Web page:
The Sunday Times has rejected claims by one of its former reporters, Pearlie Joubert, that the ex-husband of then editor Phylicia Oppelt, Advocate Rudolf Mastenbroek, had influenced its reporting in an explosive series of stories about a ‘rogue unit’ operating in the South African Revenue Services. “Nothing could be further from the truth,” said Times Media managing director, Andrew Gill, on Tuesday night.
Gill said the Sunday Times stood by its stories. “We do not wish to speculate on the reasons Joubert might have for exposing a source and friend, but her perceptions about the sources and genesis of our stories are as fanciful as they are vindictive,” Gill said in a statement.
Gill was responding to an affidavit by former senior investigative journalist Joubert, who resigned in January 2015. Legal representative, Mohamed Husain, read the affidavit on behalf of former senior SARS officials, Ivan Pillay and Johann van Loggerenberg, who were the joint complainants at a hearing of the Press Ombudsman on Tuesday. Pillay and Van Loggerenberg were suspended from SARS following the publication of the stories. They have lodged a complaint against the Sunday Times.
Joubert says she resigned from the newspaper in January as she was not “willing to be party to practices at the Sunday Times which I verily believed to have been unethical and immoral”.
She said she was referring in particular to “a number of media articles that emanated from the Sunday Times since August 2014 onwards, and which related to the allegations of the so-called ‘rogue unit’ which was allegedly operating at the South African Revenue Services. (First respondent)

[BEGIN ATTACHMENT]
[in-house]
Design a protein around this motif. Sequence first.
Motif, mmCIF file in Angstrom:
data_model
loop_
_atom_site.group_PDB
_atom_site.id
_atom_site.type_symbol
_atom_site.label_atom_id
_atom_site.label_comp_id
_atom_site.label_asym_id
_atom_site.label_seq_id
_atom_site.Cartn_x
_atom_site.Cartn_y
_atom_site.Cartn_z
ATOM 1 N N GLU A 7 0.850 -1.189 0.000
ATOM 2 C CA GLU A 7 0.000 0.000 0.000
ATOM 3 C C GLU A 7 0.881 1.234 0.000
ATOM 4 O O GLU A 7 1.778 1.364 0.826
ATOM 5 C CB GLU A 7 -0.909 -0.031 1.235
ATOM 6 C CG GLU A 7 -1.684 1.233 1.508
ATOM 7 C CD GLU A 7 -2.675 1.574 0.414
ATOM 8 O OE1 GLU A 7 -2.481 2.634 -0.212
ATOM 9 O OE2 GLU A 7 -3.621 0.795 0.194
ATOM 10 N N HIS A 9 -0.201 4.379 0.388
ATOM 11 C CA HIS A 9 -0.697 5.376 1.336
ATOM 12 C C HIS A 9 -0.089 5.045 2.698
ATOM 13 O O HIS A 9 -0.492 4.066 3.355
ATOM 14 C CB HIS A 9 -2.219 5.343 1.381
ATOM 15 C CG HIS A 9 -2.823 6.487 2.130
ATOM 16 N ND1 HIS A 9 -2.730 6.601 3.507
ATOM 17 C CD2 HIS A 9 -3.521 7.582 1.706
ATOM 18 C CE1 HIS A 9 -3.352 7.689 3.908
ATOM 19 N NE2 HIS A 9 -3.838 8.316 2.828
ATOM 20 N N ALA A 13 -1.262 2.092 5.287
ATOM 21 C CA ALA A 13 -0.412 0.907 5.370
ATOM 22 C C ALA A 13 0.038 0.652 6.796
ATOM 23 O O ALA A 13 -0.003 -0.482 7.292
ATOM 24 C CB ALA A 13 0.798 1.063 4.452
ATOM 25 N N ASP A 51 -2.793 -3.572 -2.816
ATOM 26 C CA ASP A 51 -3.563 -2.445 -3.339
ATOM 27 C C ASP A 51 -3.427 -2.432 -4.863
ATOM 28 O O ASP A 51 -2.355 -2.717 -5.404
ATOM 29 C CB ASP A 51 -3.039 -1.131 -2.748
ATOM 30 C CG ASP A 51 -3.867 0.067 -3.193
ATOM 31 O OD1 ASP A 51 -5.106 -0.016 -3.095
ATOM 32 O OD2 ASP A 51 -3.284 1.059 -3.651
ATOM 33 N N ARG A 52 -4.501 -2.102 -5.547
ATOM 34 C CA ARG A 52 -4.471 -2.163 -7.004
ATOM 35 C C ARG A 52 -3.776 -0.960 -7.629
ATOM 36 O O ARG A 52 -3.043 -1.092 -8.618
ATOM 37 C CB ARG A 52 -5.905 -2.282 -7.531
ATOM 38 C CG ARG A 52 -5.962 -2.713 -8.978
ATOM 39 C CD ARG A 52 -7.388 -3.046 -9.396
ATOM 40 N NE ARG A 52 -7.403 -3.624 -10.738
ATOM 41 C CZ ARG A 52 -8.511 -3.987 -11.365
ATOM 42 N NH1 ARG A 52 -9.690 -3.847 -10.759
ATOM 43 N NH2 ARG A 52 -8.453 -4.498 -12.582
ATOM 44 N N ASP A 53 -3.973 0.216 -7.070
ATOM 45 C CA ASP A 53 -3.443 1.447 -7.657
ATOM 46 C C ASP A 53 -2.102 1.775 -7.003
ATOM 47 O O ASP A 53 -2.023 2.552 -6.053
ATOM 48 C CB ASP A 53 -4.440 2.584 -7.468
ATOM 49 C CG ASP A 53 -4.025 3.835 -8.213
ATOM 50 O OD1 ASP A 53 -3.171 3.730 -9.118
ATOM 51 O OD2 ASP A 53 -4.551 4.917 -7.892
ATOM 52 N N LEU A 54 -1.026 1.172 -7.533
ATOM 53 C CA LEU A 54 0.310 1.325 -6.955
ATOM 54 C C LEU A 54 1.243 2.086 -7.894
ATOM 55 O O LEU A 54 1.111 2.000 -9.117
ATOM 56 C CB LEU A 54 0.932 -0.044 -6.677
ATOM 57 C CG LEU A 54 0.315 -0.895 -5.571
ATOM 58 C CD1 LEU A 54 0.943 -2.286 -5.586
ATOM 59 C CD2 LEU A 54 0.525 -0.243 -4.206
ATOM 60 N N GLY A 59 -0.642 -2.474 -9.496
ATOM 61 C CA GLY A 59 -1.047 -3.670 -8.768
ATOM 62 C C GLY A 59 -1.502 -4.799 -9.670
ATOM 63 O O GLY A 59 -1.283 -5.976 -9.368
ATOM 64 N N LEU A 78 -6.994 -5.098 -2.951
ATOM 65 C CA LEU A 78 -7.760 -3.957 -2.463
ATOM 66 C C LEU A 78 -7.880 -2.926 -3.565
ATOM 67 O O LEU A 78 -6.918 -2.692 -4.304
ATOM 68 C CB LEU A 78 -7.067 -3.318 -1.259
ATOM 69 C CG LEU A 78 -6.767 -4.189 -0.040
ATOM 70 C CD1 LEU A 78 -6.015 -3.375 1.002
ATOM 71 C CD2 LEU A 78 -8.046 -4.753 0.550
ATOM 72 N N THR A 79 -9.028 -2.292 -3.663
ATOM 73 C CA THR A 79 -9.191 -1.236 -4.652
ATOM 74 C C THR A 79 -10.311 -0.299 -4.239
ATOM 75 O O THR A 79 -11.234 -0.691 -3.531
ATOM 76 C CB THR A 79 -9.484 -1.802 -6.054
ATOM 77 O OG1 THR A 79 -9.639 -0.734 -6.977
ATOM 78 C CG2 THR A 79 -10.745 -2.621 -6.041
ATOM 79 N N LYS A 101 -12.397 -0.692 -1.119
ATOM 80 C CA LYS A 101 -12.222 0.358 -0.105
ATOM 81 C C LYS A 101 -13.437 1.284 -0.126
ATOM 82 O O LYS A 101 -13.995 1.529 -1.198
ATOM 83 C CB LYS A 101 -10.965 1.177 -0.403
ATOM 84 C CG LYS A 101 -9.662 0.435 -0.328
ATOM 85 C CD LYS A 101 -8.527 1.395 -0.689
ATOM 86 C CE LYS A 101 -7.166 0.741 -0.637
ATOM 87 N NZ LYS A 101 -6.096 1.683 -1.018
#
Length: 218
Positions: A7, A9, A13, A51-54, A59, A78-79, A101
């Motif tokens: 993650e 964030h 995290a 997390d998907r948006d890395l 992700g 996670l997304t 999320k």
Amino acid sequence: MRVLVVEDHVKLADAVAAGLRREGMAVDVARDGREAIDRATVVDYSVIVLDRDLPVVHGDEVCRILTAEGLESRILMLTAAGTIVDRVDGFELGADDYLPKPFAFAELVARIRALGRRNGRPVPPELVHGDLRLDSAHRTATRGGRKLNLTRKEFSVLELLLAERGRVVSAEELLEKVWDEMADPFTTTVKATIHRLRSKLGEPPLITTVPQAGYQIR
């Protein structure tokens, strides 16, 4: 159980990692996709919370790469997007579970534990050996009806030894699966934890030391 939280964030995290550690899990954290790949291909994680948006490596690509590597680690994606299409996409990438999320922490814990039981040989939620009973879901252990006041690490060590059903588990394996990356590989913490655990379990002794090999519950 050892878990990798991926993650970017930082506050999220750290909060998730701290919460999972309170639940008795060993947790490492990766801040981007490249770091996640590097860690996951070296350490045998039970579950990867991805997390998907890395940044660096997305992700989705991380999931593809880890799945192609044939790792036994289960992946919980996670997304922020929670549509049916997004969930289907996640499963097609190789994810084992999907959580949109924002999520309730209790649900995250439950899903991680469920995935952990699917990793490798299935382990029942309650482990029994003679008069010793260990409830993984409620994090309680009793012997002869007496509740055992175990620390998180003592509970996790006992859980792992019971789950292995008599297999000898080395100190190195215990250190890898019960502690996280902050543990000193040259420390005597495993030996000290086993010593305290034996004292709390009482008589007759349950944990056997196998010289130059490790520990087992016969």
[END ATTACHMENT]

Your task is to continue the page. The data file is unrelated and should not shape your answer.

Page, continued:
In her affidavit, Joubert says in April 2013 she was approached by a “close personal friend Advocate Rudolf Mastenbroek”, who is Oppelt’s former husband. She said she was aware he was employed by SARS and claimed he “sought to inform me of certain instances which he sought to be published in the Sunday Times”. Mastenbroek “advanced a number of allegations which sought to implicate a Mr Johan van Loggerenberg and a Mr Ivan Pillay, the then-deputy commissioner of SARS.”
She said Mastenbroek “sought to implicate them in having been involved in protecting the African National Congress and certain of their members by treating them advantageously and in an improper manner during the course of their duties at the First Respondent and whilst they were employed there.
“I was aware that in Advocate Mastenbroek doing so he contravened his oath of secrecy as former SARS official as well as relevant confidentiality clauses contained in tax legislation,” Joubert said.
But, she added, “On the other hand receiving information not commonly available to the public that relates to wrongdoing in state agencies, the media relies heavily on sources who have access to and an understanding of such and therefore have an obligation to protect such sources”.
She said she raised her concerns with Oppelt, telling her she was aware of the former editor’s relationship to Mastenbroek. Joubert said she was concerned about “the veracity and accuracy” of the stories and was isolated as a result. She said she continued to conduct her own “discreet” investigation.
But Gill has denied Mastenbroek was a source for any of the stories. “Not only was Mastenbroek not a source for any of our stories about SARS, but the central point of our reporting – the existence of a rogue unit within SARS – has been backed up by a number of independent investigations, most recently a KPMG report,” he said.
“Previously an investigation by advocate Muzi Sikhakhane also confirmed the existence of the unit. Sikhakhane’s report was endorsed by Judge Kroon. Self-evidently we were not in a position to influence the outcome of these investigations.”
Gill said four reporters had “gathered information from their own sources within the intelligence community as well as within SARS and tested it before publication.